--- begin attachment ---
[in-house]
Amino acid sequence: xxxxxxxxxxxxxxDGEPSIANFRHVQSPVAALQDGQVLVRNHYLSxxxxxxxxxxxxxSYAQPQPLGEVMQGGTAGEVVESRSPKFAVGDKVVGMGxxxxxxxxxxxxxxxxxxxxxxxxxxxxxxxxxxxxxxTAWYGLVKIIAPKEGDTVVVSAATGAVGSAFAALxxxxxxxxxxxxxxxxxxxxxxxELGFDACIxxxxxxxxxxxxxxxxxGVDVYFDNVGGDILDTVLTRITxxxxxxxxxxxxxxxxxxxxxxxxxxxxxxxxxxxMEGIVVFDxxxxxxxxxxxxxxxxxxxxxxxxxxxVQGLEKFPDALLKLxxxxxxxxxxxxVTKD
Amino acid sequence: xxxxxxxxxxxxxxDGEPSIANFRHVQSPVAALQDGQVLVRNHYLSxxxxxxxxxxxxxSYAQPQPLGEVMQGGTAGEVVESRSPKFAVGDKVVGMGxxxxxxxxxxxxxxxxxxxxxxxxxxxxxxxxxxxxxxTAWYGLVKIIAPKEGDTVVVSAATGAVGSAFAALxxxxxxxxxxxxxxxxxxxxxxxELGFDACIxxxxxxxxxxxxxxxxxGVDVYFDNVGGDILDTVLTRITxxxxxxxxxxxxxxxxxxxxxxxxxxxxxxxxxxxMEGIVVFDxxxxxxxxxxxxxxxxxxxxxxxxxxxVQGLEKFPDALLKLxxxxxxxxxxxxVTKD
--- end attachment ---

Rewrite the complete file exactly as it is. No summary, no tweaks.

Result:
[in-house]
Amino acid sequence: xxxxxxxxxxxxxxDGEPSIANFRHVQSPVAALQDGQVLVRNHYLSxxxxxxxxxxxxxSYAQPQPLGEVMQGGTAGEVVESRSPKFAVGDKVVGMGxxxxxxxxxxxxxxxxxxxxxxxxxxxxxxxxxxxxxxTAWYGLVKIIAPKEGDTVVVSAATGAVGSAFAALxxxxxxxxxxxxxxxxxxxxxxxELGFDACIxxxxxxxxxxxxxxxxxGVDVYFDNVGGDILDTVLTRITxxxxxxxxxxxxxxxxxxxxxxxxxxxxxxxxxxxMEGIVVFDxxxxxxxxxxxxxxxxxxxxxxxxxxxVQGLEKFPDALLKLxxxxxxxxxxxxVTKD
Amino acid sequence: xxxxxxxxxxxxxxDGEPSIANFRHVQSPVAALQDGQVLVRNHYLSxxxxxxxxxxxxxSYAQPQPLGEVMQGGTAGEVVESRSPKFAVGDKVVGMGxxxxxxxxxxxxxxxxxxxxxxxxxxxxxxxxxxxxxxTAWYGLVKIIAPKEGDTVVVSAATGAVGSAFAALxxxxxxxxxxxxxxxxxxxxxxxELGFDACIxxxxxxxxxxxxxxxxxGVDVYFDNVGGDILDTVLTRITxxxxxxxxxxxxxxxxxxxxxxxxxxxxxxxxxxxMEGIVVFDxxxxxxxxxxxxxxxxxxxxxxxxxxxVQGLEKFPDALLKLxxxxxxxxxxxxVTKD